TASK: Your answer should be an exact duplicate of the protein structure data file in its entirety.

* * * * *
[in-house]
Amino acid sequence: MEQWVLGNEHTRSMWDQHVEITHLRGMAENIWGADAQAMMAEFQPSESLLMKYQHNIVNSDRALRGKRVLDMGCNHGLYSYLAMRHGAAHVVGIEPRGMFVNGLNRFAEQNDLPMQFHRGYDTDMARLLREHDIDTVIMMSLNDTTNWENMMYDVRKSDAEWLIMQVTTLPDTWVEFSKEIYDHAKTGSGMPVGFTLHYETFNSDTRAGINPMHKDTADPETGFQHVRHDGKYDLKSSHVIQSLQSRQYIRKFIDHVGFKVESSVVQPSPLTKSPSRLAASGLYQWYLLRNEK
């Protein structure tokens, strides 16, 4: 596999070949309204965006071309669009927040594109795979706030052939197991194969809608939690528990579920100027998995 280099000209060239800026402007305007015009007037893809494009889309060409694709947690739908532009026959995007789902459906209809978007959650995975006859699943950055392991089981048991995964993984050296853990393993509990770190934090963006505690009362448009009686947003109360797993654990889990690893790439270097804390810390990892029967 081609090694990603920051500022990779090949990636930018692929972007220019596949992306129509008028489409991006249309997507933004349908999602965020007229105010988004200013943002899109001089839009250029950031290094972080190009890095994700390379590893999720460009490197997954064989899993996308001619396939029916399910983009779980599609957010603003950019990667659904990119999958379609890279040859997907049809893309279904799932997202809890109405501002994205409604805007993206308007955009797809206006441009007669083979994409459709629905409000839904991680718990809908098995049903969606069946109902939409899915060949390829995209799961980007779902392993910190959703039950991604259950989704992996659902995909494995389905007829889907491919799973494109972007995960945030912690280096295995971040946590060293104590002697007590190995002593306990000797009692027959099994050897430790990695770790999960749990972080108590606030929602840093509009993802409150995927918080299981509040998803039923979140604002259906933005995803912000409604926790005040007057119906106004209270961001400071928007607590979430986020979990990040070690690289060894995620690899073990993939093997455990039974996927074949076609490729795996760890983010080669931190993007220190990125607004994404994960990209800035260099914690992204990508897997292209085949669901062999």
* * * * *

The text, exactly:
[in-house]
Amino acid sequence: MEQWVLGNEHTRSMWDQHVEITHLRGMAENIWGADAQAMMAEFQPSESLLMKYQHNIVNSDRALRGKRVLDMGCNHGLYSYLAMRHGAAHVVGIEPRGMFVNGLNRFAEQNDLPMQFHRGYDTDMARLLREHDIDTVIMMSLNDTTNWENMMYDVRKSDAEWLIMQVTTLPDTWVEFSKEIYDHAKTGSGMPVGFTLHYETFNSDTRAGINPMHKDTADPETGFQHVRHDGKYDLKSSHVIQSLQSRQYIRKFIDHVGFKVESSVVQPSPLTKSPSRLAASGLYQWYLLRNEK
């Protein structure tokens, strides 16, 4: 596999070949309204965006071309669009927040594109795979706030052939197991194969809608939690528990579920100027998995 280099000209060239800026402007305007015009007037893809494009889309060409694709947690739908532009026959995007789902459906209809978007959650995975006859699943950055392991089981048991995964993984050296853990393993509990770190934090963006505690009362448009009686947003109360797993654990889990690893790439270097804390810390990892029967 081609090694990603920051500022990779090949990636930018692929972007220019596949992306129509008028489409991006249309997507933004349908999602965020007229105010988004200013943002899109001089839009250029950031290094972080190009890095994700390379590893999720460009490197997954064989899993996308001619396939029916399910983009779980599609957010603003950019990667659904990119999958379609890279040859997907049809893309279904799932997202809890109405501002994205409604805007993206308007955009797809206006441009007669083979994409459709629905409000839904991680718990809908098995049903969606069946109902939409899915060949390829995209799961980007779902392993910190959703039950991604259950989704992996659902995909494995389905007829889907491919799973494109972007995960945030912690280096295995971040946590060293104590002697007590190995002593306990000797009692027959099994050897430790990695770790999960749990972080108590606030929602840093509009993802409150995927918080299981509040998803039923979140604002259906933005995803912000409604926790005040007057119906106004209270961001400071928007607590979430986020979990990040070690690289060894995620690899073990993939093997455990039974996927074949076609490729795996760890983010080669931190993007220190990125607004994404994960990209800035260099914690992204990508897997292209085949669901062999």